City Beat

North Natomas is picking up steam

Track 7 has a solid future in North Natomas. It had 1,500 people show up on the first day, and the crowds have been steady ever since. The atmosphere is typical Natomas – the customers are racially diverse and there are lots of families. It feels a lot like one of the craft breweries that’s popped up near the central city in recent years.
Track 7 has a solid future in North Natomas. It had 1,500 people show up on the first day, and the crowds have been steady ever since. The atmosphere is typical Natomas – the customers are racially diverse and there are lots of families. It feels a lot like one of the craft breweries that’s popped up near the central city in recent years. mcrisostomo@sacbee.com

Inside a warehouse the size of an airport hangar, tucked at the end of an oddly named street called Professor Lane, there’s a sign that North Natomas might be getting its swagger back.

It’s just one business, and that can’t fully reverse years of a neighborhood feeling like it was dissed at every turn. But when that new business is Track 7 Brewing Co. – one of this city’s most successful startups of the past five years – you start to wonder whether Ryan Graham and Geoff Scott were on to something when they opened up shop in this far-flung outpost last month.

One night last week, as more than 75 people sipped beer on the patio and inside the brewery’s huge tasting room, Graham considered the quick impact Track 7 has had on the neighborhood.

“When you look out there and see all those people, it’s a reflection that this neighborhood was looking for someone to take an interest and take ownership of it,” he said.

Most of North Natomas was built in about 10 years. That’s a remarkably quick period of time to turn empty fields into a place where more than 50,000 people live today. City Hall rode that wave of development, cashing in on all the new tax revenue the area produced.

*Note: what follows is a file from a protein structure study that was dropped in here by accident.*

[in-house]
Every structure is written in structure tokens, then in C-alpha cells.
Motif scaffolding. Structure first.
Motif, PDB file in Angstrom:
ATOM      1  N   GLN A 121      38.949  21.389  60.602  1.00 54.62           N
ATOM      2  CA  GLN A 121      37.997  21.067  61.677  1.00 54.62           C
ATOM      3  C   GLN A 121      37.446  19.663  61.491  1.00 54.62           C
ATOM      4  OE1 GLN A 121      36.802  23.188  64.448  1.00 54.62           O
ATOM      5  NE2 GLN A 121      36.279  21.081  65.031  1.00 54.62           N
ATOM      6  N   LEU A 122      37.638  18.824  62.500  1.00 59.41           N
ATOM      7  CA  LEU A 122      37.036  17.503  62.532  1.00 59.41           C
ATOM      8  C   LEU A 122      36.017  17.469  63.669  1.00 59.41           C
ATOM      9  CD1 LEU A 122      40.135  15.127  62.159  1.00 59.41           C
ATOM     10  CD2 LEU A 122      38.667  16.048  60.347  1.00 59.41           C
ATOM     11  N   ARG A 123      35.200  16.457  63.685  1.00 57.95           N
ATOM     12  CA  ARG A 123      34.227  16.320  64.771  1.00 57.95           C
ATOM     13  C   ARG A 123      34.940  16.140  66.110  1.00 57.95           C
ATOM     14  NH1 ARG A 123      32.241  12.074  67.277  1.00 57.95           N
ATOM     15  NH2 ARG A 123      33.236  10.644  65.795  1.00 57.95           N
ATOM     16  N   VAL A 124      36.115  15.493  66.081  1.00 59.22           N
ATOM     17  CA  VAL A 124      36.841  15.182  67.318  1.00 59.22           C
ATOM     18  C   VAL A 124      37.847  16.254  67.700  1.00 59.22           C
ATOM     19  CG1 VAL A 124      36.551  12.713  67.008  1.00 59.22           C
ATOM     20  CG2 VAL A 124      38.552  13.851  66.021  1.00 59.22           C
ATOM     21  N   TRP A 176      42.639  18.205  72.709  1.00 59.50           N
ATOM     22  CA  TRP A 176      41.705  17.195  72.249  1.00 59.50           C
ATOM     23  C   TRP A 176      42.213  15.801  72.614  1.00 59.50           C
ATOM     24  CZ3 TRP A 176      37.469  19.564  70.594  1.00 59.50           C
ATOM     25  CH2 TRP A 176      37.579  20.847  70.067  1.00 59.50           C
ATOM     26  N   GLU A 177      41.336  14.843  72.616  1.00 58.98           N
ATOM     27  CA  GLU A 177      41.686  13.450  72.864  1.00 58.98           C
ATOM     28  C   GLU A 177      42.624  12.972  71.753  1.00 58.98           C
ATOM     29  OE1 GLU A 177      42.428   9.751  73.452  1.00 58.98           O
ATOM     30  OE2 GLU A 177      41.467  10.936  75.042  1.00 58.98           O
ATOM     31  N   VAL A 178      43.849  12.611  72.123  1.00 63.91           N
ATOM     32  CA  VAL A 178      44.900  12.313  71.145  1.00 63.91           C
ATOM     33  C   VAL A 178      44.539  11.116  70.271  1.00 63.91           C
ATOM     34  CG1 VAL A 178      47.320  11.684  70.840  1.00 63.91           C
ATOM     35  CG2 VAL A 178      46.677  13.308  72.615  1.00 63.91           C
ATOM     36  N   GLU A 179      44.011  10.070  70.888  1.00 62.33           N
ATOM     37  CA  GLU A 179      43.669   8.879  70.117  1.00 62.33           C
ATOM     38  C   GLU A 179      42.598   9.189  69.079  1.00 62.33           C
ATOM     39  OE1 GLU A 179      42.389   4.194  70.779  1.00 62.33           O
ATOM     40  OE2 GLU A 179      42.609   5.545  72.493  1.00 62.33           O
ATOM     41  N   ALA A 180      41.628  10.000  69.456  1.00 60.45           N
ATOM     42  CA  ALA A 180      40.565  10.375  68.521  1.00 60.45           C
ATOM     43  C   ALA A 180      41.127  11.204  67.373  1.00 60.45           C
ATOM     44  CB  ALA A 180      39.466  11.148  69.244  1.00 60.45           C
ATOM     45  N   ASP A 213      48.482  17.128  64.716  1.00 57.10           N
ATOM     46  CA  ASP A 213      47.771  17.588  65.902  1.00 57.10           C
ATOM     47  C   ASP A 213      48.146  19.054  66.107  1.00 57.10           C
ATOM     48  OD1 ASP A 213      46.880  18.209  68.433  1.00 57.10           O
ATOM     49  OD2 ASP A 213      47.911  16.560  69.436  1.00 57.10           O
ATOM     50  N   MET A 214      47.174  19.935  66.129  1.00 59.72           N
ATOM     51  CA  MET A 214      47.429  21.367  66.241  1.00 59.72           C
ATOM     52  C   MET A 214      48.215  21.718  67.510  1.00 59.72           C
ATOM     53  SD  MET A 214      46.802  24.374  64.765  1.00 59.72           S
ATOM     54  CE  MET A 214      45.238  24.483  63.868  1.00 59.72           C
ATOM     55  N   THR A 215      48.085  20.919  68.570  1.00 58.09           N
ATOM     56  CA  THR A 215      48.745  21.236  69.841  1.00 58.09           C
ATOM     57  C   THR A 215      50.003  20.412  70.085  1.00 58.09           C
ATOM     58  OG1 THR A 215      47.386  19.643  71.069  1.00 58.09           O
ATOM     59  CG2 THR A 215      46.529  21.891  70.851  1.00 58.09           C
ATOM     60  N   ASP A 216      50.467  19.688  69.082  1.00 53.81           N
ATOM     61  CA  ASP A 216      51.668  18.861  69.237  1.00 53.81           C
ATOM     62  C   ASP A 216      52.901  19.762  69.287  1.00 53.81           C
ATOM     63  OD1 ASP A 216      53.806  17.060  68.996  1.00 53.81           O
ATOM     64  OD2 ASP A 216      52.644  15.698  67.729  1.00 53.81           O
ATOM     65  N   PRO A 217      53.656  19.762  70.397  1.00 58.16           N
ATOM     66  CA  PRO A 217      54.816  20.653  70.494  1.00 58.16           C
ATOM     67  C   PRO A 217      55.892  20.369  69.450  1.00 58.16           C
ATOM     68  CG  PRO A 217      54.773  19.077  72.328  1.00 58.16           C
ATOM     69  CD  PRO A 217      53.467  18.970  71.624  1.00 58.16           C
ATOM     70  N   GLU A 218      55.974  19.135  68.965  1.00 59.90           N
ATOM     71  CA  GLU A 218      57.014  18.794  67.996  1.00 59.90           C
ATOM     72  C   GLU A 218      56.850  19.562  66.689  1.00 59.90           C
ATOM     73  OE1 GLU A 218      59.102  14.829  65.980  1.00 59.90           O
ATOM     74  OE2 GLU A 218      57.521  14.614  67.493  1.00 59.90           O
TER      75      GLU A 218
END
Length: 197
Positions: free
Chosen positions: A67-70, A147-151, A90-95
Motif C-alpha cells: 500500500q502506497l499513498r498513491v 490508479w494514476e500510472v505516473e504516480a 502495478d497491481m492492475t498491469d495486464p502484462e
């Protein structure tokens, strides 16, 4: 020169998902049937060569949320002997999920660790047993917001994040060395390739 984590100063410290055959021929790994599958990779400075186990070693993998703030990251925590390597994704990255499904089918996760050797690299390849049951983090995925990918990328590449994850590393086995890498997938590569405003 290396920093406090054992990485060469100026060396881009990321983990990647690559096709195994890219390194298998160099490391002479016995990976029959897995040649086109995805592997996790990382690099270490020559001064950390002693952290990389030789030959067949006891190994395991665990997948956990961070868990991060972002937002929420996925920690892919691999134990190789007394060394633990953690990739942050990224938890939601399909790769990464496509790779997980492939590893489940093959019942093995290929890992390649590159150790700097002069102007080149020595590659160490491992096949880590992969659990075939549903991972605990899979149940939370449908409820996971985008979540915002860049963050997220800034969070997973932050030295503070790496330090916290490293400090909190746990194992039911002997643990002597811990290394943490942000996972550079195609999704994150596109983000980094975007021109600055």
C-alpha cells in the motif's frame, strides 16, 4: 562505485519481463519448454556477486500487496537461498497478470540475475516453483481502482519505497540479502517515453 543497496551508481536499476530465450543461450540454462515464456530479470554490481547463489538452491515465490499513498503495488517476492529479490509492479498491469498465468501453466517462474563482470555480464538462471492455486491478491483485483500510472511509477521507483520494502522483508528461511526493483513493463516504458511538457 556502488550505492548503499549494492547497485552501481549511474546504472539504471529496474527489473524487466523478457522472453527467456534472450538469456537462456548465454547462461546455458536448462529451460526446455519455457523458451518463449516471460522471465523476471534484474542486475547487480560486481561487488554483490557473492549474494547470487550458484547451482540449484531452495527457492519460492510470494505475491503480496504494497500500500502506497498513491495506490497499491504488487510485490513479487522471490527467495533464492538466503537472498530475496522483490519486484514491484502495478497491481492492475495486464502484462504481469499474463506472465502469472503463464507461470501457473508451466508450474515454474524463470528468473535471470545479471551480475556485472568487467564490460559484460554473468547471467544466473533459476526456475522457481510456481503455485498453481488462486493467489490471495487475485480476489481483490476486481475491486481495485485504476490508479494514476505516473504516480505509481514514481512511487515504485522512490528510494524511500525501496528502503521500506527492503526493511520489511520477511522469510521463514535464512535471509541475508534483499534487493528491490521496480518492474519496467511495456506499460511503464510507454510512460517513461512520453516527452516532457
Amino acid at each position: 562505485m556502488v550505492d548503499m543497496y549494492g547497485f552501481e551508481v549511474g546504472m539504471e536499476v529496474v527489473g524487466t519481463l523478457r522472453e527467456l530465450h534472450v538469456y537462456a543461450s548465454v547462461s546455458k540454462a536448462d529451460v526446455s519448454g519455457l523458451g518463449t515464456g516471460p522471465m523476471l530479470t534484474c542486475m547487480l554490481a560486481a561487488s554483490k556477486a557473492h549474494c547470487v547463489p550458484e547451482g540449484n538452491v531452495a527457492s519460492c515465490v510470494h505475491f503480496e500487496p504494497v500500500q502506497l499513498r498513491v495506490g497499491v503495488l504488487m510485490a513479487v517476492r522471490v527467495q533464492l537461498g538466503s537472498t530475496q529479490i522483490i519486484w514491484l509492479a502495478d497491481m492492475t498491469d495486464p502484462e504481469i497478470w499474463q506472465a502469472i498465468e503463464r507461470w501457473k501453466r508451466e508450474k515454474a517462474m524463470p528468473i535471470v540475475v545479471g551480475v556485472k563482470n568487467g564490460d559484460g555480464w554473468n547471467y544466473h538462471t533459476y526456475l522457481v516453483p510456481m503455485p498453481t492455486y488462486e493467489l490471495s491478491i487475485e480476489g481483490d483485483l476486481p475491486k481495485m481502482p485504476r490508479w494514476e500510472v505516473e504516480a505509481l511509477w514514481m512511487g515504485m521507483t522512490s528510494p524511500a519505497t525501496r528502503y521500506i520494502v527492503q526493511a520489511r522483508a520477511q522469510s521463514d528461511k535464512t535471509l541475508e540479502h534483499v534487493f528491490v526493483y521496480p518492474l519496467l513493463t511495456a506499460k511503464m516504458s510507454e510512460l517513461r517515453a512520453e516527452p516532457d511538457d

But as North Natomas provided the checks, the city often didn’t reciprocate. Most of a 207-acre regional park in the heart of the neighborhood is empty. Residents often complained about a lack of basic services, like firehouses. A building ban started in 2008 after the feds ruled the area’s levees were inadequate.

And there’s more anxiety on the horizon. Next fall, the Kings plan to leave Sleep Train Arena and head to their new arena downtown. The team has played in North Natomas for 30 years. Their current arena provides jobs and a jolt of pride to the neighborhood.

The Kings haven’t said what they plan to do with the 184 acres around Sleep Train. That has many folks in North Natomas – including its City Council member, Angelique Ashby – feeling antsy and frustrated.

Track 7? Its future in North Natomas is solid.

It had 1,500 people show up on the first day, and the crowds have been steady ever since. The atmosphere is typical Natomas – the customers are racially diverse and there are lots of families. There are food trucks every night, and many people bring their dogs. It feels a lot like one of the craft breweries that’s popped up near the central city in recent years.

And this won’t just be a tasting room: Graham said the Natomas site will be Track 7’s manufacturing hub. The company produced 350 barrels of beer in 2012, its first full year. This year, with the new Natomas facility churning, Graham said Track 7 could brew as many as 8,000 barrels.

One day, this could be the center of a regional powerhouse.

“People can love Natomas,” Ashby said. “When they give it shot.”

Call The Bee’s Ryan Lillis, (916) 321-1085. Read his City Beat blog at sacbee.com/citybeat.

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